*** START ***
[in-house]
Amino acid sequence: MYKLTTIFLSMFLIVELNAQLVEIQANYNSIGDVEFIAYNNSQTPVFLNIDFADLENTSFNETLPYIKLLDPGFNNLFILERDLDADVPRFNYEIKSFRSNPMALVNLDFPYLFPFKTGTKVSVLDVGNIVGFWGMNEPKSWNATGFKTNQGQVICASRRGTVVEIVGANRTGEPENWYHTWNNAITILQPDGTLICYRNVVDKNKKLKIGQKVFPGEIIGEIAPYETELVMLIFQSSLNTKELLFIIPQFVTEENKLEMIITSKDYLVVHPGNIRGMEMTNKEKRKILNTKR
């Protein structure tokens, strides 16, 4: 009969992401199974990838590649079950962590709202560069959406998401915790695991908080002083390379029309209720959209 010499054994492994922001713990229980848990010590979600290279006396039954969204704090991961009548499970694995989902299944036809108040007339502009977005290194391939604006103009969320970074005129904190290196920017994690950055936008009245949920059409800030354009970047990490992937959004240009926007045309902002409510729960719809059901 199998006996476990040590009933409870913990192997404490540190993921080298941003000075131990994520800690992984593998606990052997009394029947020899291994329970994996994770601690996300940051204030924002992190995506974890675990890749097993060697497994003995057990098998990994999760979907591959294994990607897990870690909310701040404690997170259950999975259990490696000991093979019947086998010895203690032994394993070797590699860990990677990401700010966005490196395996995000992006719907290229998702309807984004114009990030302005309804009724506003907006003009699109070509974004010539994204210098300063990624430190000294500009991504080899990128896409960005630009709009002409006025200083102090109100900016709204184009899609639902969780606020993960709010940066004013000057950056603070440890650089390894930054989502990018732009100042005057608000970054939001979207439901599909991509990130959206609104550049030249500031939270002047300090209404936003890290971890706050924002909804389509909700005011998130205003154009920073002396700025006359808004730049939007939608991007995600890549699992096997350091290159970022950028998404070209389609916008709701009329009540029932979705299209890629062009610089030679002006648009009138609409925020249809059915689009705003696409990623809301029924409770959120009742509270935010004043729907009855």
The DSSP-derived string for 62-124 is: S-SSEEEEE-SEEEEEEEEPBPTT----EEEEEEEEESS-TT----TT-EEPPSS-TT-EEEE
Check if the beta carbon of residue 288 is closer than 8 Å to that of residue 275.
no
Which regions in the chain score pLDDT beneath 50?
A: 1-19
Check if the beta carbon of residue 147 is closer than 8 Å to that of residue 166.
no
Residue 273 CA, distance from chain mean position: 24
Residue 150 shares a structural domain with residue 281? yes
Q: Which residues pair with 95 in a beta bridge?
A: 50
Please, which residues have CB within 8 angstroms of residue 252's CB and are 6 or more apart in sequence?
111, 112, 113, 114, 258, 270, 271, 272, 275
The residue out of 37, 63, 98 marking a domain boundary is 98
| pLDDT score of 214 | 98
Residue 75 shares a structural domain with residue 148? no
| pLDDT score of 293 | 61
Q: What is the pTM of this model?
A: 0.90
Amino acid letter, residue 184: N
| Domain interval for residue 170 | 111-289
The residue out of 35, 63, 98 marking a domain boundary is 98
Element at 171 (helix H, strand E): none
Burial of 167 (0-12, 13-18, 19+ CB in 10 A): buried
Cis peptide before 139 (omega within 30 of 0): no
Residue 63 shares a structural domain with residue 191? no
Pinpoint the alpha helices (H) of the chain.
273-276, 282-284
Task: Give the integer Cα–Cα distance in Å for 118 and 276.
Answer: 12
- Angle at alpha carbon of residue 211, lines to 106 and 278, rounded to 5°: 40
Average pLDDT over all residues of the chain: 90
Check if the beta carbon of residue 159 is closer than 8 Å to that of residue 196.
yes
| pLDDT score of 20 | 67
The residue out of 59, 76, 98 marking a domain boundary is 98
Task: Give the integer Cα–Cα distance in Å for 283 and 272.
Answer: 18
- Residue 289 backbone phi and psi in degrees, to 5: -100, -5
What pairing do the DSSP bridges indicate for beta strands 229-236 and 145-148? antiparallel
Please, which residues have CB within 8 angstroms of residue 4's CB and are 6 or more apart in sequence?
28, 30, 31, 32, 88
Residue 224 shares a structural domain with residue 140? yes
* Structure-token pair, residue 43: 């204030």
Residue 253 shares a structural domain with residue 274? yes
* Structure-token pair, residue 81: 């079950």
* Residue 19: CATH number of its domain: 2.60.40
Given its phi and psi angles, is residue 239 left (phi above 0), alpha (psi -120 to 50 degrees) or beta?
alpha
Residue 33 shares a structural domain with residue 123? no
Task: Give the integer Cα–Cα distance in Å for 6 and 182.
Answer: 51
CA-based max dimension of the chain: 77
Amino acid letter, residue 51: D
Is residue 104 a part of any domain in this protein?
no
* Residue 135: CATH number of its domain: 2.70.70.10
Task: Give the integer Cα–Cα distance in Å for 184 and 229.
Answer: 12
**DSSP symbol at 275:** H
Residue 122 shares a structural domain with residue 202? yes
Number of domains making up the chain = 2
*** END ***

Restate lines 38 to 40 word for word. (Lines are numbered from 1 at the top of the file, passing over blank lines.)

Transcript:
| pLDDT score of 20 | 67
The residue out of 59, 76, 98 marking a domain boundary is 98
Task: Give the integer Cα–Cα distance in Å for 283 and 272.